Ring now offers end-to-end encryption of video and audio on its battery-powered video doorbells and security cameras, more than a year after adding the option to its wired and plug-in devices. End-to-end encryption allows users of the company’s video cameras to keep their footage locked, making it accessible only on their registered iOS or Android device. Apart from that, Ring also makes it easier to save recorded videos when an owner sells or disposes of a Ring device
When end-to-end encryption is enabled, no one except the owner of the camera can access recorded images. Even if the police asked Ring, or its parent company Amazon, for the video, they couldn’t provide it. Only the enrolled mobile device can unlock the video.
By default, Ring encrypts video and audio recordings when uploaded to the cloud and stored on Ring’s servers. End-to-end encryption increases the level of security, allowing only the device owner to access and control their footage on one designated device and with only a passphrase they have.
When Ring first showed an example of end-to-end encryption of video in January 2021, Ring Pro 2 and Ring Elite were the only video doorbells it worked on, leaving the most popular battery-powered devices like the Ring 4, Ring Video doorbell, out of the privacy lottery. It was also an option on all his wired and plug-in cameras — including the Ring Floodlight cam — but not on the battery-powered options like the Ring Stick Up Cam (battery).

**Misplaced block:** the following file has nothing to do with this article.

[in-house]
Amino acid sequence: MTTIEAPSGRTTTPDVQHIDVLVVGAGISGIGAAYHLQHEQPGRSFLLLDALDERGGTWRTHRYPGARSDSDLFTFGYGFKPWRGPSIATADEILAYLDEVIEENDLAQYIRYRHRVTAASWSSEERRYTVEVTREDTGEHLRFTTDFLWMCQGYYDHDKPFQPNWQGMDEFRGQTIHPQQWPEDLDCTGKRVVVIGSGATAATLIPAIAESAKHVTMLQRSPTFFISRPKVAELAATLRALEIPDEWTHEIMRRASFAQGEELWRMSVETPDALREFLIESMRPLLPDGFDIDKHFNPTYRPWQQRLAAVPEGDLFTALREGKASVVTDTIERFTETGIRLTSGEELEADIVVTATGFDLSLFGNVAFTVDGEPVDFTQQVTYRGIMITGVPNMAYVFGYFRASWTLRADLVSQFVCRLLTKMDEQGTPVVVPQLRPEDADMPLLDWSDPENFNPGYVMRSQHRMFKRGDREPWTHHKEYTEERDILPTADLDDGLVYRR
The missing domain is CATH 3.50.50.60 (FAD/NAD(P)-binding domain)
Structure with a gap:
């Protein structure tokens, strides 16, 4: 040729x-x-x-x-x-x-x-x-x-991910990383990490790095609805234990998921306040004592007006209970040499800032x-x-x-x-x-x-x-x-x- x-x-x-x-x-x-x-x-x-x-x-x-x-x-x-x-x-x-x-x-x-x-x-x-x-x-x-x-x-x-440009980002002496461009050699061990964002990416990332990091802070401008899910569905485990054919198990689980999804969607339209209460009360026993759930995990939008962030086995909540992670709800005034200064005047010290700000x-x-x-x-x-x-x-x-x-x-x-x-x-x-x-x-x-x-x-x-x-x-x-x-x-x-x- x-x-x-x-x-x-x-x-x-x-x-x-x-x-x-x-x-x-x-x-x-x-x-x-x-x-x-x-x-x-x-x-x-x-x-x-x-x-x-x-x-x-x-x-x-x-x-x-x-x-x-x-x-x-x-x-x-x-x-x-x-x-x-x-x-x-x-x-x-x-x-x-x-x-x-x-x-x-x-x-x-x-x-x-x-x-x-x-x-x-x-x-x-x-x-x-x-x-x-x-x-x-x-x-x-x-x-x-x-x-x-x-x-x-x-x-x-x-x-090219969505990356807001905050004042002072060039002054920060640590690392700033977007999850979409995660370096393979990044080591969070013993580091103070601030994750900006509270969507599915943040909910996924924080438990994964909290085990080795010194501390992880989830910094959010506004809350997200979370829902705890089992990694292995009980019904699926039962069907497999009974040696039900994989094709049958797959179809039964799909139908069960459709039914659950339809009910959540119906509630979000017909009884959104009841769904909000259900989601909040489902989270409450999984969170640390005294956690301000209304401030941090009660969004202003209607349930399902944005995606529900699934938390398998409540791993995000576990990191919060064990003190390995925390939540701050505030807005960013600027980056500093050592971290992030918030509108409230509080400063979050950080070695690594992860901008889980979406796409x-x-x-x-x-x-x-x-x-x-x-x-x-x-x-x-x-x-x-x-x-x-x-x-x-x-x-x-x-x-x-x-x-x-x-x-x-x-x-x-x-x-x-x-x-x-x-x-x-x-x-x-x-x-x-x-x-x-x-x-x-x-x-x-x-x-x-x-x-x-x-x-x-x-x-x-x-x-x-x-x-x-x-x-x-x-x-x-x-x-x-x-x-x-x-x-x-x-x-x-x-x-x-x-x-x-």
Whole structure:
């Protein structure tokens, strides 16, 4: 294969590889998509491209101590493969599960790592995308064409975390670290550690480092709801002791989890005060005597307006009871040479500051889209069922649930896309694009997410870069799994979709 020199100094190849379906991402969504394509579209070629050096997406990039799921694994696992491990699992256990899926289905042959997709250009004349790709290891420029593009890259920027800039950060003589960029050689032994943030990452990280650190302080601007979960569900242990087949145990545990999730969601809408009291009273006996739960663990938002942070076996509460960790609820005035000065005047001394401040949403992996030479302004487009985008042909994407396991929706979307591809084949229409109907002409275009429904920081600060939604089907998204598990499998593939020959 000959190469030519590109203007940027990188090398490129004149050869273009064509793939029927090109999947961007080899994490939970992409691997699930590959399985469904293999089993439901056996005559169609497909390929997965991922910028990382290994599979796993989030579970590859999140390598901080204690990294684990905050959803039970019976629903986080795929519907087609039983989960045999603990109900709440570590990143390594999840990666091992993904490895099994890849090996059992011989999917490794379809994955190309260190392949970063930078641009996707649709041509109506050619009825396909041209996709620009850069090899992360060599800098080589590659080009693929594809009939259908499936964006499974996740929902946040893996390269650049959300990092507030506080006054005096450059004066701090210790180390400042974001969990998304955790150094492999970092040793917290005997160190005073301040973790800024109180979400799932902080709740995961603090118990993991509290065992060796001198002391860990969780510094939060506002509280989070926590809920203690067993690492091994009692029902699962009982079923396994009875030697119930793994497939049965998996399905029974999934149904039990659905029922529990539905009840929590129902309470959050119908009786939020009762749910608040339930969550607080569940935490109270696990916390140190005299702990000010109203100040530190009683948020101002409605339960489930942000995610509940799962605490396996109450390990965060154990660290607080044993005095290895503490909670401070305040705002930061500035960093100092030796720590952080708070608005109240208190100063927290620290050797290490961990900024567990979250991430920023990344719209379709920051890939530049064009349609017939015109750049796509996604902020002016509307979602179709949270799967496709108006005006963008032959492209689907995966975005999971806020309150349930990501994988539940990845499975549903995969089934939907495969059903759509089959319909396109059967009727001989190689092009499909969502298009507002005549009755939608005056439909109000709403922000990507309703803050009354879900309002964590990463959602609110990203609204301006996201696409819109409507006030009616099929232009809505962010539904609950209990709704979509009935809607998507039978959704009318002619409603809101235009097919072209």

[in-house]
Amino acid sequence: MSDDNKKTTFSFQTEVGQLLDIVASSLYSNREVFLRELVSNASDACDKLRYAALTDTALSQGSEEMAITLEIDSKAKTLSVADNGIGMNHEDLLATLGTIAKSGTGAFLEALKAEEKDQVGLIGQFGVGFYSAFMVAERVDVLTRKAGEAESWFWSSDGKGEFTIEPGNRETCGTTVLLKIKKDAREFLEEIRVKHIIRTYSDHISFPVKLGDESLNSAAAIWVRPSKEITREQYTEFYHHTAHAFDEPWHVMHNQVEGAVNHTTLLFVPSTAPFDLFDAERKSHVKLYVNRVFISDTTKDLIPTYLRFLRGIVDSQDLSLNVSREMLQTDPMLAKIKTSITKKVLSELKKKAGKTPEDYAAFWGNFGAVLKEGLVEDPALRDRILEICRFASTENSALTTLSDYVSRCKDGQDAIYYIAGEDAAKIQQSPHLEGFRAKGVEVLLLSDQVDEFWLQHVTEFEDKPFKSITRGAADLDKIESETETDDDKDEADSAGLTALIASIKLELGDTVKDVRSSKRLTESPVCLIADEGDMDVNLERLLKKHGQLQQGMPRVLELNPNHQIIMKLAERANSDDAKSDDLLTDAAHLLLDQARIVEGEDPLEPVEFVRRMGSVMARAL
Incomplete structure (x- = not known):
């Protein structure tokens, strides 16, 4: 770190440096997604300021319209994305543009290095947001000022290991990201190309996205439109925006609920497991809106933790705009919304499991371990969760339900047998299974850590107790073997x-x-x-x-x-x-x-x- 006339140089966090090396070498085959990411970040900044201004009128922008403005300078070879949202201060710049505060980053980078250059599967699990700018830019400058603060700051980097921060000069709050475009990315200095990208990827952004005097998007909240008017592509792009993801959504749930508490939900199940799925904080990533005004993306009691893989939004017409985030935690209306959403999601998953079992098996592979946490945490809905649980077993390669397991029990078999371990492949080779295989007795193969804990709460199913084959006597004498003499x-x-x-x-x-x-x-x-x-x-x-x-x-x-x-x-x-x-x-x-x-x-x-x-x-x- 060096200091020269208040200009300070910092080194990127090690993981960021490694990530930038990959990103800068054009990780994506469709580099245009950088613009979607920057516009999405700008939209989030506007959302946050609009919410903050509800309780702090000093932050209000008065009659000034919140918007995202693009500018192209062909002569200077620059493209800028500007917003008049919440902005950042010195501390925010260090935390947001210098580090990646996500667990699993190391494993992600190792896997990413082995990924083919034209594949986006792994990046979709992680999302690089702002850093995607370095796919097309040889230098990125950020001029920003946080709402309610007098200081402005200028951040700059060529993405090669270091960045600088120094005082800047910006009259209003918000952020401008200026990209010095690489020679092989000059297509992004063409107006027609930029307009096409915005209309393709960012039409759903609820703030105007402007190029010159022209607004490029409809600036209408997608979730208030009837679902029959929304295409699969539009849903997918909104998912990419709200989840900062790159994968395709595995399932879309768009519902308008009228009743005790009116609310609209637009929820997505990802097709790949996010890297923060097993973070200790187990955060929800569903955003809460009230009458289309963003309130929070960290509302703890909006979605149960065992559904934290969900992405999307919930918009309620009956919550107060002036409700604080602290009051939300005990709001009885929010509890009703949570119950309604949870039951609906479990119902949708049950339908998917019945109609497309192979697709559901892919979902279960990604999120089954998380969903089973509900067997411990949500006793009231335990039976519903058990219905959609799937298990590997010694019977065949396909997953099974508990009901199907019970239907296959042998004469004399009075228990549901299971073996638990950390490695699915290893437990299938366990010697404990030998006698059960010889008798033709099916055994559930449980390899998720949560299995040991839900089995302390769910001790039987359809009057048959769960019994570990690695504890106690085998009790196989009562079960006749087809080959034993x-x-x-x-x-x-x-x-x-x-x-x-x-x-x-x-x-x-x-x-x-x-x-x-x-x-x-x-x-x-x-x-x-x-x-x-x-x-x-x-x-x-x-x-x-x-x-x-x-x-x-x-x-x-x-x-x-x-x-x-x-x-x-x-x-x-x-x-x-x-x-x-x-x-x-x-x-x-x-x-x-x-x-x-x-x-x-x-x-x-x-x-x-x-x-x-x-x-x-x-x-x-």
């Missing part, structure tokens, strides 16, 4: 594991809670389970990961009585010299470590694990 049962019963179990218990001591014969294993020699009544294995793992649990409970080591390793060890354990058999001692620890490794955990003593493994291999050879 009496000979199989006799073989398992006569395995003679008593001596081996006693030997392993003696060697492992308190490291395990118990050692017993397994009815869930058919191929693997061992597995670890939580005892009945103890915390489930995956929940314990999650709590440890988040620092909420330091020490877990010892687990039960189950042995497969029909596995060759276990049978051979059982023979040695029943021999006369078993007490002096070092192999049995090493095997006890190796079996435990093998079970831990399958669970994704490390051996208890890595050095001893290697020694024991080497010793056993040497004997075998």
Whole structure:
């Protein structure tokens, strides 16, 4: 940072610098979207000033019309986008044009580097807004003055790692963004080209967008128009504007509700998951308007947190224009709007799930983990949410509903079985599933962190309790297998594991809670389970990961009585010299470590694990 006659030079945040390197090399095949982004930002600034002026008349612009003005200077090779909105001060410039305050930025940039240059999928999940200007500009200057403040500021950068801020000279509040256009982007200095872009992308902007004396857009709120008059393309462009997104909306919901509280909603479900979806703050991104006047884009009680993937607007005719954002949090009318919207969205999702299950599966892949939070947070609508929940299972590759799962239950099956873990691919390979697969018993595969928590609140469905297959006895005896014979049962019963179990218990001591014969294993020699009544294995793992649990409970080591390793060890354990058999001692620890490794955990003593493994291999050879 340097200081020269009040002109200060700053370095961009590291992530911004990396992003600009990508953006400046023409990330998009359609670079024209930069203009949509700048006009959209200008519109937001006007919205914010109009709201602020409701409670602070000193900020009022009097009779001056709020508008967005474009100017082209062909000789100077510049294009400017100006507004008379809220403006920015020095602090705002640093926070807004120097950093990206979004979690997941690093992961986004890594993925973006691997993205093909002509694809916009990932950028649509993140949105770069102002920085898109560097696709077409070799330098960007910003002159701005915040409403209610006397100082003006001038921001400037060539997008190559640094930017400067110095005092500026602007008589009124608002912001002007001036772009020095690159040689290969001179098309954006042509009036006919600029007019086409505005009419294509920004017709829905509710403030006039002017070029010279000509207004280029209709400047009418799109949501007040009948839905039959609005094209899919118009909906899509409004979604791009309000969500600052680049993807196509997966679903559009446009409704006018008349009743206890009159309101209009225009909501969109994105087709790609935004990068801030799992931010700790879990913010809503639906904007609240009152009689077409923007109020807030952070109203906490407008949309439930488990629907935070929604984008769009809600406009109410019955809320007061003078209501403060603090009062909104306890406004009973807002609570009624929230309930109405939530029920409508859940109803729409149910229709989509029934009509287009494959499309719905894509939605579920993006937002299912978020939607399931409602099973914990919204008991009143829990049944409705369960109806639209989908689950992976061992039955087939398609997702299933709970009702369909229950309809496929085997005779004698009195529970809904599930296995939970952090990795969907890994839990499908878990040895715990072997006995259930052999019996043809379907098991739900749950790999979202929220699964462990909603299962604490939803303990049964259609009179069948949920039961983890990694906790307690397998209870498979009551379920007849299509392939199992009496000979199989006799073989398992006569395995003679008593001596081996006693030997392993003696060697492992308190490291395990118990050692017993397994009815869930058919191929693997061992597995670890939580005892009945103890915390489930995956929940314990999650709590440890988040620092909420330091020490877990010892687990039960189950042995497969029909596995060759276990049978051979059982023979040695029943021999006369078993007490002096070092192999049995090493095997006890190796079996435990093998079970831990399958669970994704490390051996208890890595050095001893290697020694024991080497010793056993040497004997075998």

Now, end-to-end encryption is available on all currently sold Ring cameras and doorbells, with the sole exception of Ring Video Doorbell Wired, the cheapest buzzer. Ring has a guide on her website with instructions for registration.
But the increased privacy protection comes with caveats. With end-to-end encryption enabled, users lose the ability to watch videos in the Ring app’s event timeline view and in verbose notifications that show a snapshot of the action in the notification before opening the app.
Also, shared users of Ring devices will not be able to view videos on their devices, and no user will be able to share videos from the Ring app or view images on Echo Show devices or third-party apps. End-to-end encryption also disables Alexa greetings and quick replies, where a Ring video doorbell can automatically respond to a visitor. Bird’s Eye View also doesn’t work – an option on some Ring cameras that shows the path a visitor has taken to the doorbell or camera. Disabling end-to-end encryption will restore all of these features.
However, most of these features are useful conveniences – not essential to the core use of a security camera. For many users, the increased privacy protection will be worth the loss of some convenience.
This week, Ring also introduced a new feature that makes it easier to save recorded videos when a user sells or disposes of a Ring device, such as selling it to upgrade to a new model.
Deactivated device status lets a user choose to save videos to their account without having to download them manually (the only option available before).
When they go to remove the camera or doorbell from the account in the Ring app, a new Remove Device option will appear, allowing them to keep or delete events/videos from the device before deleting it from their Ring account.
The videos will be stored on the account as long as the user has a Ring subscription. If they cancel the subscription, they must manually download all the videos they want to keep to a phone or computer.